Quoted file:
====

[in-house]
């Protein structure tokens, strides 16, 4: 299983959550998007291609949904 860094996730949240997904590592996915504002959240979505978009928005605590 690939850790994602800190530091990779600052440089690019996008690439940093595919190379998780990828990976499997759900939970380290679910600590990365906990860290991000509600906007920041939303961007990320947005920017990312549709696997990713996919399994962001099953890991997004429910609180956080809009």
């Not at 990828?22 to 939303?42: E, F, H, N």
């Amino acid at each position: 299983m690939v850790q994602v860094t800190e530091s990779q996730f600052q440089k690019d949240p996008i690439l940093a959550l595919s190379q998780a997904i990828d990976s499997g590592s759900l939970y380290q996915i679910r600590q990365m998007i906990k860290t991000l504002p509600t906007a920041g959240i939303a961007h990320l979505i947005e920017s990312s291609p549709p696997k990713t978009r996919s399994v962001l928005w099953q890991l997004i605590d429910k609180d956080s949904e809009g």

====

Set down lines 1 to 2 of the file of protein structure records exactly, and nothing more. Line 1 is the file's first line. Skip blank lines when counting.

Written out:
[in-house]
């Protein structure tokens, strides 16, 4: 299983959550998007291609949904 860094996730949240997904590592996915504002959240979505978009928005605590 690939850790994602800190530091990779600052440089690019996008690439940093595919190379998780990828990976499997759900939970380290679910600590990365906990860290991000509600906007920041939303961007990320947005920017990312549709696997990713996919399994962001099953890991997004429910609180956080809009």